Sound and Vision: Is Chris Brown's Comeback and GRAMMY Honors Another Slap in the Face to Women?

With Whitney Houston’s tragic, untimely death and Adele’s big sweep grabbing our near-undivided attention, the 2012 GRAMMY Awards were, in some ways, a two-woman show.

But if any guy came close to upstaging them, it was Chris Brown. And not necessarily in a good way. Brown, who performed two songs on the telecast, did not emerge unscathed from what was foolishly touted as his GRAMMY “comeback””as if he is a supernova among stars, and three years is such an eternity. Some viewers were outraged that he was invited to perform at the ceremony at all, after what he did to his ex, Rihanna, during GRAMMY season three years ago.

The unfortunate irony of Houston’s passing on GRAMMY weekend is that, like Rihanna, she had been the victim of domestic abuse by another Brown, her ex-husband Bobby. And the honor of paying tribute to her went to Jennifer Hudson, whose mother, brother and nephew were murdered, allegedly by the estranged husband of Hudson’s sister, just a few years ago. If anyone knows that people often hurt the ones they claim to love, she does.

But that one display of good taste doesn’t let the National Academy of Recording Arts and Sciences off the hook. Brown’s inclusion in the ceremony almost felt like an unintentional f**k you to Houston, to Rihanna, to any woman who has suffered because of domestic abuse.

The big question, though, is this: Has Brown suffered enough? It has, after all, been three years since he pummeled Rihanna in a car. Is it time for us to move on as Brown and NARAS, apparently, both have.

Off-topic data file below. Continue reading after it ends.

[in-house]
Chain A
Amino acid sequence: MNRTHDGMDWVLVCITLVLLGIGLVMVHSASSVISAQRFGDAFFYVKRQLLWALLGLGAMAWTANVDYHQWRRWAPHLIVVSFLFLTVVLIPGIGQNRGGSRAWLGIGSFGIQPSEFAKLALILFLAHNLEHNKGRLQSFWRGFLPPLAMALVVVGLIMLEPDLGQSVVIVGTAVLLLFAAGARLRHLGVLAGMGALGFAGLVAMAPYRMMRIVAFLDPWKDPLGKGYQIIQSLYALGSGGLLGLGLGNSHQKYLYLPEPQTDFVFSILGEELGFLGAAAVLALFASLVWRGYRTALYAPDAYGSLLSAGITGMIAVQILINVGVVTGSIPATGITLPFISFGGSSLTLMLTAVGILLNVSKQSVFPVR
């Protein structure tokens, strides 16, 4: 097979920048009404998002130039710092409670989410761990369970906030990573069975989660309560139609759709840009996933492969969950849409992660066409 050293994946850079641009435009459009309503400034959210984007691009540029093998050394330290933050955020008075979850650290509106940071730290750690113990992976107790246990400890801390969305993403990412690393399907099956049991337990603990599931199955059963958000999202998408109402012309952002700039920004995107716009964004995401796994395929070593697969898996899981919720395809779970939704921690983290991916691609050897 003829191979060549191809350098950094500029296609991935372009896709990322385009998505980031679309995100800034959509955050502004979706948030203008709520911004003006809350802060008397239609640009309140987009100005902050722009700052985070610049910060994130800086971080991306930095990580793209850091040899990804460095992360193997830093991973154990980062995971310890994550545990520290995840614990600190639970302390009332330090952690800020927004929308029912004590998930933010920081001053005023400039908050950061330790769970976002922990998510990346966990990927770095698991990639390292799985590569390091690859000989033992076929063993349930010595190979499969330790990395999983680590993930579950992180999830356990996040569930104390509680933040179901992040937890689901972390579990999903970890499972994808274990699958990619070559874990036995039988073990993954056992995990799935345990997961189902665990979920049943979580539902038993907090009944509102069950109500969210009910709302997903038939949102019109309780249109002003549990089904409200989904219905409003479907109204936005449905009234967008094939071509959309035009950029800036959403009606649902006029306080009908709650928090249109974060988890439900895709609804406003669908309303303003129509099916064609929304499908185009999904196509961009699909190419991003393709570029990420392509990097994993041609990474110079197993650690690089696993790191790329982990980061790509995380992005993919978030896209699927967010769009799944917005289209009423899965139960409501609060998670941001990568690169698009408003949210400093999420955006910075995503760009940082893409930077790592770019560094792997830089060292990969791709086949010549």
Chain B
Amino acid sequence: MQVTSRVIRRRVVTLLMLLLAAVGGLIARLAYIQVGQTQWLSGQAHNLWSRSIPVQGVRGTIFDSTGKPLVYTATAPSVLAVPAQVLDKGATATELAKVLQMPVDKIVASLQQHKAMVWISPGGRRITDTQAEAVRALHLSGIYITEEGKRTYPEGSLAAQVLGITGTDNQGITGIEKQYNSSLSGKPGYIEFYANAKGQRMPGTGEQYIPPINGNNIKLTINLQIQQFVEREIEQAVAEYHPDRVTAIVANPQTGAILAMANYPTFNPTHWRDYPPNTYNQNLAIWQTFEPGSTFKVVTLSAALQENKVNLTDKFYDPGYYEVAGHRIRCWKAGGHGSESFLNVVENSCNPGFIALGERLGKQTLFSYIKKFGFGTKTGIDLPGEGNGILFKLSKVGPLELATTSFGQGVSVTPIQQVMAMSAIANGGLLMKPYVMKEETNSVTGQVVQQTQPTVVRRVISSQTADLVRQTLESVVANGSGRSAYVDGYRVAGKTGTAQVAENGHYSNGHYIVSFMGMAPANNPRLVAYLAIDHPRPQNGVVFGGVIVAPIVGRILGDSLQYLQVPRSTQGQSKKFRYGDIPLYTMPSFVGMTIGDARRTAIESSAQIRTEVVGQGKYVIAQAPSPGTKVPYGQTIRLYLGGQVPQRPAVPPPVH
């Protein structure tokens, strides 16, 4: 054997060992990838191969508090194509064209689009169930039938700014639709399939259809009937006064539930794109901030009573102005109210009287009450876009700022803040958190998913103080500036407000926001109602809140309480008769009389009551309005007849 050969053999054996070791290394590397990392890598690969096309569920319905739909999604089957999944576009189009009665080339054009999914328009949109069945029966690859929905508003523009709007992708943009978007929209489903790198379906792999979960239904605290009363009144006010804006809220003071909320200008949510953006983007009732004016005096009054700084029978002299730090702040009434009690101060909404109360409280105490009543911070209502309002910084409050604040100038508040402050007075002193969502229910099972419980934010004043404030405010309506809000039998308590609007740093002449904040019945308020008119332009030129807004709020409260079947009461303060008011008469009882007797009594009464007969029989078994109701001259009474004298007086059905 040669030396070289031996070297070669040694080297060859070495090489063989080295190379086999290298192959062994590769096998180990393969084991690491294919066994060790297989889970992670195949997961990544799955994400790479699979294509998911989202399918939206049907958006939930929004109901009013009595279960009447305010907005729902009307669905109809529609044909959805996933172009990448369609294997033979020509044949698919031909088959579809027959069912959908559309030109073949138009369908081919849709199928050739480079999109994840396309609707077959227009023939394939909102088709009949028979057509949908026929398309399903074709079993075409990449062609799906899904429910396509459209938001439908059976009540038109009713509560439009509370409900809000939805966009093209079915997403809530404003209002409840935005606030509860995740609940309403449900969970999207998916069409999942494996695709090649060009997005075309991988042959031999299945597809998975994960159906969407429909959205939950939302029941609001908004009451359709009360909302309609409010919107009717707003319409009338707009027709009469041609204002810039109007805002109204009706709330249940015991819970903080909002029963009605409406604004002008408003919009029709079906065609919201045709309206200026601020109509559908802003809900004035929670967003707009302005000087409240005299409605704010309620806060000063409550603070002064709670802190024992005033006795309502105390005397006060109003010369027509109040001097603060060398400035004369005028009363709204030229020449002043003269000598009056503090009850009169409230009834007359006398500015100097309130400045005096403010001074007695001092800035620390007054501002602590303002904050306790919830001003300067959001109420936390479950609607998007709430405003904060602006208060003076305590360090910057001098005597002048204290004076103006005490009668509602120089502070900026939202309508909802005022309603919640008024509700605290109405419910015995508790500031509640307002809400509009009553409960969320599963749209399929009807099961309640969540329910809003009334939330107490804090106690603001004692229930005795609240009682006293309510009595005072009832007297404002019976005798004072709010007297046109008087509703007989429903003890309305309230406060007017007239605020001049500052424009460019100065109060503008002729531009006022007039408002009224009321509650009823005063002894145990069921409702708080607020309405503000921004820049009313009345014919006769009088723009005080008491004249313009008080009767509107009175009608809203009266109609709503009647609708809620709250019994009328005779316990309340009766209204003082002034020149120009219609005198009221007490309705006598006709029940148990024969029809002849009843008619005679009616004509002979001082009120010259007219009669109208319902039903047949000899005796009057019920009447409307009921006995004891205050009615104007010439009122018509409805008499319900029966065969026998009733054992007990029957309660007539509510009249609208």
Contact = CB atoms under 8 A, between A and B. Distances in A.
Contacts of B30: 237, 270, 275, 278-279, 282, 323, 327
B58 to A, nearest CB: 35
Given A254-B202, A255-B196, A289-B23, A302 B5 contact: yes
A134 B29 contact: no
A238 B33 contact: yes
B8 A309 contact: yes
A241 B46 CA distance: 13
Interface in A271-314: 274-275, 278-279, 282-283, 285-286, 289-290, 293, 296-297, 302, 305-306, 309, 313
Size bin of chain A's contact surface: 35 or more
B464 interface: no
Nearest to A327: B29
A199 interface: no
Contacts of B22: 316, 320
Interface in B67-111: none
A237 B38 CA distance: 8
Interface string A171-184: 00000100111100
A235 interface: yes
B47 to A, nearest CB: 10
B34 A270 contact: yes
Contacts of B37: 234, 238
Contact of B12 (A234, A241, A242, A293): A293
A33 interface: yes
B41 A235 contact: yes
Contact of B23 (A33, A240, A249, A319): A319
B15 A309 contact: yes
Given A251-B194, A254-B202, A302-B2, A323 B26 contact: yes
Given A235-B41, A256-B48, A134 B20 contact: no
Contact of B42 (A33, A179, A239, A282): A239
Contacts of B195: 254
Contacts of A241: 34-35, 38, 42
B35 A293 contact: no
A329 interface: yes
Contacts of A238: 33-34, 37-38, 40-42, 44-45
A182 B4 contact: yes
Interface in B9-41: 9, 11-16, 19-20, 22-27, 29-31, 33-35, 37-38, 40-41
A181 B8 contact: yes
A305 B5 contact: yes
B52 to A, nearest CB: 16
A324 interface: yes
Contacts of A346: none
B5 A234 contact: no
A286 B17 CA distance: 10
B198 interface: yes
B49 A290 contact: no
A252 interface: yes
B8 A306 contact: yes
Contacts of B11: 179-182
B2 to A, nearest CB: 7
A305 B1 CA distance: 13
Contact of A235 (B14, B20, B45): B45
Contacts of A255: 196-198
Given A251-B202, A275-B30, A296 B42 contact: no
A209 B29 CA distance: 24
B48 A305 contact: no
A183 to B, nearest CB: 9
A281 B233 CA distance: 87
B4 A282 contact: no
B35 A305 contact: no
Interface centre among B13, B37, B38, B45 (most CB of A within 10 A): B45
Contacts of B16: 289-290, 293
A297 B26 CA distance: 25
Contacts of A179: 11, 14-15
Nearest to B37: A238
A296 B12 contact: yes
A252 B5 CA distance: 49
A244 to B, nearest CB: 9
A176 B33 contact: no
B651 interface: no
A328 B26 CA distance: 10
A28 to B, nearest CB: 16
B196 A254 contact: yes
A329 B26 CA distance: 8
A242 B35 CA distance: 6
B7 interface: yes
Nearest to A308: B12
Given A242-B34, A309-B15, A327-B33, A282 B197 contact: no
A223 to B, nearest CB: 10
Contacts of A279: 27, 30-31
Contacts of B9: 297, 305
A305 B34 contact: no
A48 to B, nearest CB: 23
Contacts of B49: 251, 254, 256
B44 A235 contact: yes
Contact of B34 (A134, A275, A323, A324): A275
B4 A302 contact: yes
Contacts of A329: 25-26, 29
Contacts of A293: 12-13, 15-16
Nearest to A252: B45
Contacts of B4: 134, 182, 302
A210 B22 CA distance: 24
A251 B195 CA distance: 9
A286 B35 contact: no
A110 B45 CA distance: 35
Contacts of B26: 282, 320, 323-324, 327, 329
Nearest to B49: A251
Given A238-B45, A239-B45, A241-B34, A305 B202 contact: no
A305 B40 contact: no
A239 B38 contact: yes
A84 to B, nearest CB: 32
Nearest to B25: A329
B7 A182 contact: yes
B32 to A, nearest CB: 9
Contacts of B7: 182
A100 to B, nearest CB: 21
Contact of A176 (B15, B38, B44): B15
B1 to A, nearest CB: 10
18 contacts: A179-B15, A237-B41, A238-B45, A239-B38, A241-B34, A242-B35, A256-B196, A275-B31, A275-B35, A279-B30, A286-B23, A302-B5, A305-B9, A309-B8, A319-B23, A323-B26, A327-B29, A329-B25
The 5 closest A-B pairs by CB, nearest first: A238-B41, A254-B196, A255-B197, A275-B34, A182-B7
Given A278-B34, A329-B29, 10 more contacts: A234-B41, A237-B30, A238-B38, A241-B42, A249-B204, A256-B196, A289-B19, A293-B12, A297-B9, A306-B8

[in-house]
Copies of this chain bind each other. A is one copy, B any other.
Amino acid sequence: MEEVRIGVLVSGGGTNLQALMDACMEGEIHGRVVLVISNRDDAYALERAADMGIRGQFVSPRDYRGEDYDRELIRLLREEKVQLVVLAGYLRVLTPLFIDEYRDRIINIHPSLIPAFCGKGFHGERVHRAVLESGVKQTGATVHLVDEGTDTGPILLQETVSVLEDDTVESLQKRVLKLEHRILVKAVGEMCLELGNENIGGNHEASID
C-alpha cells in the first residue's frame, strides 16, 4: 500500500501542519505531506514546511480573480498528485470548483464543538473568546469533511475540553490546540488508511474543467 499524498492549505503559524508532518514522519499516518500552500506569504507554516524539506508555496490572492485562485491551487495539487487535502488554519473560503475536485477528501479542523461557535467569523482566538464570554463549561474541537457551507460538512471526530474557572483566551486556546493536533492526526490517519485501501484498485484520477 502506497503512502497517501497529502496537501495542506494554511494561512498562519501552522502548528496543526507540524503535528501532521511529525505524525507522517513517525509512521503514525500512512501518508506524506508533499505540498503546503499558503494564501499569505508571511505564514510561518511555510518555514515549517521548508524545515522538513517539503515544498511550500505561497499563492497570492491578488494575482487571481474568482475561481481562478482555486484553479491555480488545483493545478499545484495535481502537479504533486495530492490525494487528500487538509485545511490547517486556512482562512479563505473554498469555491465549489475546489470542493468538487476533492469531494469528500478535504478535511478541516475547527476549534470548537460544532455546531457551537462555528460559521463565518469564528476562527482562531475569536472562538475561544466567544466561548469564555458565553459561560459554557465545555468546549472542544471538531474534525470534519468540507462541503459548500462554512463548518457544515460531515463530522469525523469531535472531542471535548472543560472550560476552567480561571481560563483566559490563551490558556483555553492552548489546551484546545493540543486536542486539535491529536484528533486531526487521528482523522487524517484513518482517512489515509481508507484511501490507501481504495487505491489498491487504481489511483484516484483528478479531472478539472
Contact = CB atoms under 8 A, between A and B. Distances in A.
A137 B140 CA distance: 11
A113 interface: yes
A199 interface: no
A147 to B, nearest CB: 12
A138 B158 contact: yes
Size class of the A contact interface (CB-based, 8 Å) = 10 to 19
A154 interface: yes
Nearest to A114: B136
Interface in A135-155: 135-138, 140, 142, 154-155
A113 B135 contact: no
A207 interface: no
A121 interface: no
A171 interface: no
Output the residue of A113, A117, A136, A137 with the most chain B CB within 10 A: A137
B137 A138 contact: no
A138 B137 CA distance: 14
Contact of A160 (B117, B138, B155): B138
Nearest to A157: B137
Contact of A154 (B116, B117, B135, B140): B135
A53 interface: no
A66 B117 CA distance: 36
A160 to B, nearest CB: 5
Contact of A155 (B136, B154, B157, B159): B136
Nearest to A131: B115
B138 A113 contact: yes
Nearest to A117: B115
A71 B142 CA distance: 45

For Brown’s many GRAMMY-night detractors (which included singers Miranda Lambert and Michelle Branch as well as actors Wil Wheaton and Eric Stonestreet), it might be hard to move on when Brown has never acknowledged the gravity of the situation in any meaningful way that didn’t seem like a public-relations pose. Whether he’s onstage, in videos, plugging his music on the morning talk-show circuit, or ranting on Twitter, he never seems sorry enough.

For God’s sake, he named his 2011 album, which was his first to hit No. 1 on Billboard’s Top 200 album chart, F.A.M.E., an acronym for “forgiving all my enemies” ”as if he has anything to forgive. He’s cast himself as the misunderstood, injured party while Rihanna, like so many victims of abuse, has been cast by some as a woman who got what she deserved. She was asking for it. And what is she doing even thinking about re-uniting with Brown (which the rumor mill has had her doing at various twists and turns in this saga)?

But what does Rihanna have to answer for? She didn’t beat anyone up. She’s the one who had to seek medical attention after Brown was through with her, the one whose bloodied face was plastered all over the Internet.

Perhaps behind closed doors, Brown breaks down regularly, sobbing uncontrollably for what he did, for being the brutal antagonist in Rihanna’s nightmare. He’s made his public apology”and one presumes, a private one to Rihanna”he’s been sentenced (receiving the proverbial slap on the wrist) and he’s completing his legal requirements (probation and community service).